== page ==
The report also found that's Baylor was too slow to enact federally-required student conduct processes, and that administrators failed to identify and eliminate a "potential hostile environment" for victims.

Baylor has faced increasing criticism in recent months for its handling of reports of rape and other violent incidents involving football players and students. One victim has sued the university, saying it was deliberately indifferent to her allegations against a former player who was eventually convicted of sexually assaulting her.

Starr ordered an investigation last year but has been mostly silent amid the criticism. The former prosecutor took over as the university's president in 2010.

The football team enjoyed unprecedented success under Briles' tenure, including two Big 12 championships in the last three years. That success brought a financial windfall, and in 2014, Baylor opened a new, $250-million on-campus football stadium. But Briles' program has also been criticized for recruiting or accepting transfer players without regard to the harm they might cause fellow students.

Starr rode the waves of the program's success, and often ran on the football field with Baylor students in pregame ceremonies. But as investigations began into the school's handling of sexual assault allegations against players, Starr provided only brief comments, even as criticism of the school mounted.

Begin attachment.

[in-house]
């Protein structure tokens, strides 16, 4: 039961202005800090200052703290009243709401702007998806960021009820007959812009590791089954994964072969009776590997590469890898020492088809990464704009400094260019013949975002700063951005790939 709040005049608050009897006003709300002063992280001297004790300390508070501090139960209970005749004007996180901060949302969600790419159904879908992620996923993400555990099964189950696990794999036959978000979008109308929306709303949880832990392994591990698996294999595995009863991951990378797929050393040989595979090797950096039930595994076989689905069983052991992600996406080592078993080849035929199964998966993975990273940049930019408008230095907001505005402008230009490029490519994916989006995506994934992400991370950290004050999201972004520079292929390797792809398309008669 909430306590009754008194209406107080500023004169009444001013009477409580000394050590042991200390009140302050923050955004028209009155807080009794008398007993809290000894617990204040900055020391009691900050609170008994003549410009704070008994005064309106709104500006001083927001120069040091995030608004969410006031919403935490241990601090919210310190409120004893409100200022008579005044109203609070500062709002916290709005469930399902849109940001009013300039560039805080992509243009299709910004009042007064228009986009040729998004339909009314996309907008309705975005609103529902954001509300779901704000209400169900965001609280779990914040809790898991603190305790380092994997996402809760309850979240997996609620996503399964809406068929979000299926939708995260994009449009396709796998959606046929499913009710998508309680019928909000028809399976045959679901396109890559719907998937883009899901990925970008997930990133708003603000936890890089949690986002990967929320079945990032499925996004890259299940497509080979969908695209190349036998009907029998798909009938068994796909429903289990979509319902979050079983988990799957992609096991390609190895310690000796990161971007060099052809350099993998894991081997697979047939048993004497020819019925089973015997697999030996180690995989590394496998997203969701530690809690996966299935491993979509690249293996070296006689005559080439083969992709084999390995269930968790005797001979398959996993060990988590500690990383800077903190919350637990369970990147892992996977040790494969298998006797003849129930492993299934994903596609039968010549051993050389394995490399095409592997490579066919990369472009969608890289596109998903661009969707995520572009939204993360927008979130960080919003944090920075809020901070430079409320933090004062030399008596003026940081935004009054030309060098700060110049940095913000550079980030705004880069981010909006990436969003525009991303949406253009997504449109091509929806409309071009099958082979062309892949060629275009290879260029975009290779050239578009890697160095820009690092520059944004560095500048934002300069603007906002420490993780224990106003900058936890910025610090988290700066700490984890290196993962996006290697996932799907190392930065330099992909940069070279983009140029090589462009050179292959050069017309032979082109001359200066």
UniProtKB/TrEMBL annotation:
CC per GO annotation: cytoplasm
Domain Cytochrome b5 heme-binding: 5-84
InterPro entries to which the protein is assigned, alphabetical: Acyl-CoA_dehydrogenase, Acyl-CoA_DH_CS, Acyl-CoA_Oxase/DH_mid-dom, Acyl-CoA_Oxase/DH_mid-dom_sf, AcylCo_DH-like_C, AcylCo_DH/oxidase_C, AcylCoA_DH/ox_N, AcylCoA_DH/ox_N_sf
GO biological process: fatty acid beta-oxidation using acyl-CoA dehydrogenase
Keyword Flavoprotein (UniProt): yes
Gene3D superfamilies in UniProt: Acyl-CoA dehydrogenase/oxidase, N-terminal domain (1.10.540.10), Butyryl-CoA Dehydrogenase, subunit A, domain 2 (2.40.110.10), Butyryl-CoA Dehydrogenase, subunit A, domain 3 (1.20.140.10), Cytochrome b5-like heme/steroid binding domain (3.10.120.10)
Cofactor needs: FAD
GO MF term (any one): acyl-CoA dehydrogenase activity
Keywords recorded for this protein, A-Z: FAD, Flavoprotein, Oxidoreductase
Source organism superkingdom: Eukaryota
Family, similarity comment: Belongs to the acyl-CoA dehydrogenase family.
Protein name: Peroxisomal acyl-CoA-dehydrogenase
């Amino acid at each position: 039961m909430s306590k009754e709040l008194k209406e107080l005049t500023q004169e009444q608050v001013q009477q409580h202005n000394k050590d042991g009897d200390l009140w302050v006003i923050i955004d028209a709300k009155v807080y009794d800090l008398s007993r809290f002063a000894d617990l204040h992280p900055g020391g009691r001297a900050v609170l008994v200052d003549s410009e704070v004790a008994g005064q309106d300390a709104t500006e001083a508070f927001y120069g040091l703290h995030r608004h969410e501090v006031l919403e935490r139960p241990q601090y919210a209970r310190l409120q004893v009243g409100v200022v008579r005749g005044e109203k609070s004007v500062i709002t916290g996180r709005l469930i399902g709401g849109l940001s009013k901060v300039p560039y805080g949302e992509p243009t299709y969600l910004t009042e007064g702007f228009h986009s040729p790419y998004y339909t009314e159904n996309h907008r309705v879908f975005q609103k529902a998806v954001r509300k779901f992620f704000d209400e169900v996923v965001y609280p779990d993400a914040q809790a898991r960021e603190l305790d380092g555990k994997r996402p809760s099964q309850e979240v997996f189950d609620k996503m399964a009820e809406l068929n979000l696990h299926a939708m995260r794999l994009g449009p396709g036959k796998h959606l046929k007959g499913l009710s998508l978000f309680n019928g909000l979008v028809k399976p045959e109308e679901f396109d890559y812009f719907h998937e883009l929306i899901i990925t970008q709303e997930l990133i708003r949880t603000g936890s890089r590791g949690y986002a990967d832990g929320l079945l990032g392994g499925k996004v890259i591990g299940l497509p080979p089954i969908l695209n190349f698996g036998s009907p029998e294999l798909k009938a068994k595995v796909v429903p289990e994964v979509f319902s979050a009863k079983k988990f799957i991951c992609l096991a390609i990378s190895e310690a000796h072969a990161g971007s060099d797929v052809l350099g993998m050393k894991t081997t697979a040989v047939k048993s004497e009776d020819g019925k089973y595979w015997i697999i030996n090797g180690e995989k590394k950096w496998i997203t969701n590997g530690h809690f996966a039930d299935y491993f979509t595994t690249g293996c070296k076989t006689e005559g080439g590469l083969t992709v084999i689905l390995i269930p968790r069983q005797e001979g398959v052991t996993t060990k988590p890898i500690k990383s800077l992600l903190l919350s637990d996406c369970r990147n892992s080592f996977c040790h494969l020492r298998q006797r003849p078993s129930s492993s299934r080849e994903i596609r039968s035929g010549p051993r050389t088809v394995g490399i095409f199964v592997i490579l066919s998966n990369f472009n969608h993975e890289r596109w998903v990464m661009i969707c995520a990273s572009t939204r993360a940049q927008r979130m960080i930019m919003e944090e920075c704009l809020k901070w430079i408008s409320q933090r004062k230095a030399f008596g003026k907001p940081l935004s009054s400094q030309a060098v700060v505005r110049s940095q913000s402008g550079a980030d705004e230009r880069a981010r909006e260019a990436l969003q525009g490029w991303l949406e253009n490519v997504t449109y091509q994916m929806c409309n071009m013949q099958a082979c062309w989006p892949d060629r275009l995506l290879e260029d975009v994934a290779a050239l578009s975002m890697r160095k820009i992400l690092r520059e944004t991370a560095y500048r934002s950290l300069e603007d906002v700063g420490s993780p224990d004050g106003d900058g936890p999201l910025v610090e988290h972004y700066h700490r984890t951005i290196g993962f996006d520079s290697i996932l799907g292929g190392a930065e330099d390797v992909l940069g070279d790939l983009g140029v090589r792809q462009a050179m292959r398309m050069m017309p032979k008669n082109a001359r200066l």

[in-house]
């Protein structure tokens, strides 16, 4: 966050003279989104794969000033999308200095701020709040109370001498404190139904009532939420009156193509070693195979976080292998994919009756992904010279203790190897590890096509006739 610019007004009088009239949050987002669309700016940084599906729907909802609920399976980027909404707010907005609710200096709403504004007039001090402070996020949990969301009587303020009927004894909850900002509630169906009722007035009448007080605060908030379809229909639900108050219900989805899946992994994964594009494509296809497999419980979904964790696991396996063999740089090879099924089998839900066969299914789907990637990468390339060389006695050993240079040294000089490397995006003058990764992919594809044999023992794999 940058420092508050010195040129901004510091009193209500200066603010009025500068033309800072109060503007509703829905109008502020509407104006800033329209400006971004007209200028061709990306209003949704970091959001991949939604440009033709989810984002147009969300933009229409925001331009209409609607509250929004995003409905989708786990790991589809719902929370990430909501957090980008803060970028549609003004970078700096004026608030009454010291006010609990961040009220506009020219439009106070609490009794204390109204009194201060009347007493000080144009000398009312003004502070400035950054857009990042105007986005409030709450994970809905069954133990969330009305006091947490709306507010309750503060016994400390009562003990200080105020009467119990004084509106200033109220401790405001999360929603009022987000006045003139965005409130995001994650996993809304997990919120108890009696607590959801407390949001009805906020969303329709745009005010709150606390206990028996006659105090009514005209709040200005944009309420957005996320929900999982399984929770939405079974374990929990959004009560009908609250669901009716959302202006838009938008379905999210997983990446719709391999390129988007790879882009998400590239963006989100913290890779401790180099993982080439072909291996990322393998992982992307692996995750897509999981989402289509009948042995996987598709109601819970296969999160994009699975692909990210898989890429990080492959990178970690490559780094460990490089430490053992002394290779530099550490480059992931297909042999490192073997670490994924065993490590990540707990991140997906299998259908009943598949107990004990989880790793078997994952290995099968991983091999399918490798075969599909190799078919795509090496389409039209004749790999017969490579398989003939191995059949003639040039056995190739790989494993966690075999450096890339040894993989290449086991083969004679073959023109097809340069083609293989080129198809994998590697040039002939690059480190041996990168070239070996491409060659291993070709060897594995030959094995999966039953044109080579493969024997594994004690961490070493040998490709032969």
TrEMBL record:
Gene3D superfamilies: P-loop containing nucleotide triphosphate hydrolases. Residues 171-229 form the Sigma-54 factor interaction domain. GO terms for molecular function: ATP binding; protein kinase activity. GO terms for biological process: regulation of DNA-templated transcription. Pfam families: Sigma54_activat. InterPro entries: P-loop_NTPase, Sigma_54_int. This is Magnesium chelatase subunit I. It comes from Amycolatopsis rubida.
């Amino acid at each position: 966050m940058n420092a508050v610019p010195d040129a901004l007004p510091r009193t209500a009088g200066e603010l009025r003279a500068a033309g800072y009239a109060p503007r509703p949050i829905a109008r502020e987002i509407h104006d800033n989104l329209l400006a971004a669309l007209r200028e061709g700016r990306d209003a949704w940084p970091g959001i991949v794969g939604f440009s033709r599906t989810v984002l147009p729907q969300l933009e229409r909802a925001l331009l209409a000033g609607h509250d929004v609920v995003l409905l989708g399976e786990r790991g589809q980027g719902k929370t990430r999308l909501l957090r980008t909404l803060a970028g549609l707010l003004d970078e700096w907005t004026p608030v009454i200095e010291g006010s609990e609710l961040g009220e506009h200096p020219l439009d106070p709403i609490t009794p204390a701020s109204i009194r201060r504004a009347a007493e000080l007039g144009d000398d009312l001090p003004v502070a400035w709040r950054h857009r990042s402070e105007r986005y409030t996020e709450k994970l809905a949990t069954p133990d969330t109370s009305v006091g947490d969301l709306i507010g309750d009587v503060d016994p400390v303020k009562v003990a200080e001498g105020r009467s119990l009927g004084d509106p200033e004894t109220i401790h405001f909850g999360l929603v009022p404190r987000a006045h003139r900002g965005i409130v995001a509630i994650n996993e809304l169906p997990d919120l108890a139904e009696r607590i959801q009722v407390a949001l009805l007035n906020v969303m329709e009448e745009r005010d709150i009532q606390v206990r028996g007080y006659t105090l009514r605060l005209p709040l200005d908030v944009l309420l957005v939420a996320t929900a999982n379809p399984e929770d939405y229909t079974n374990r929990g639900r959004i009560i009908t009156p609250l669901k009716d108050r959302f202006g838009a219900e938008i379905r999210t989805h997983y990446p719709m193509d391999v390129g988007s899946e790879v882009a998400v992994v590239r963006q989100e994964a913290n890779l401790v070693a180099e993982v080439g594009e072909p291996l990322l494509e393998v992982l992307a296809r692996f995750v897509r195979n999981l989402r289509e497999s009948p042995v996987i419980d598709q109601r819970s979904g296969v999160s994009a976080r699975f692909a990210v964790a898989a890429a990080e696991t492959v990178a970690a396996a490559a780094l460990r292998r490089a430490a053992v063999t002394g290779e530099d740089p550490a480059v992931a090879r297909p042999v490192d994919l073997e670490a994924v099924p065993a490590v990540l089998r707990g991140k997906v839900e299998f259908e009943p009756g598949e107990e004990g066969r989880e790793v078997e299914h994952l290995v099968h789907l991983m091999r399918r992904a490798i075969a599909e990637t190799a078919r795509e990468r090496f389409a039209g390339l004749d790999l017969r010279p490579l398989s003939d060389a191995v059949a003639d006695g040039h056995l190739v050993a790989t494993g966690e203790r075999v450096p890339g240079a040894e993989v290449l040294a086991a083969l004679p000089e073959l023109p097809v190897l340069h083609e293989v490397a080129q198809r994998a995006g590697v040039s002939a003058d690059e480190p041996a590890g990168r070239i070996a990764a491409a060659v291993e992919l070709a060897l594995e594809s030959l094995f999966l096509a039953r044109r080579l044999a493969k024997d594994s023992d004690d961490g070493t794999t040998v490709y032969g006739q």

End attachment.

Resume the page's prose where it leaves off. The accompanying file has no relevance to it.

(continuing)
In a February statement issued by the university, Starr said "our hearts break for those whose lives are impacted by execrable acts of sexual violence." And at a prayer breakfast last month, Starr told the Fort Worth Star-Telegram: "I am in favor of transparency. Stand up, take your medicine if you made a mistake."

Starr initiated the law firm's review last year, after former football player Sam Ukwuachu was convicted of sexually assaulting a female soccer player.

Ukwuachu, who was convicted last year, transferred to Baylor after he was dismissed from Boise State. His former girlfriend testified during his rape trial in Texas that he had struck and choked her when he attended Boise State.

Ukwuachu's former coach, Chris Petersen, now the coach at Washington, said he "thoroughly apprised" Briles about the circumstances of Ukuwachu's dismissal. Briles disputed that account, saying he talked with Petersen and there was no mention of the incident.

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In this Sept. 12, 2015, file photo, Baylor coach Art Briles yells from the sideline during the first half of an NCAA college football game against Lamar in Waco, Texas.

AP

The school is also facing a federal lawsuit from a former student claiming the school was "deliberately indifferent" to rape allegations levied at a former football player Tevin Elliott, who was convicted in 2014 of sexually assaulting the woman.

In March, Jasmin Hernandez filed a lawsuit, claiming after she was raped, the school ignored her pleas for counseling and justice.

"The school completely neglected my needs and I didn't realize they were federally required to sort of address these issues," she told CBS News.

The uproar following Ukwuachu's conviction caused Baylor to initiate the review by the Philadelphia law firm Pepper Hamilton, and to announce a $5 million effort to improve efforts on how it responds to sexual assault, including adding another investigator and more staff.

But the Ukwuachu case was just the start of months of revelations of football players being involved in violent incidents with little or no repercussions.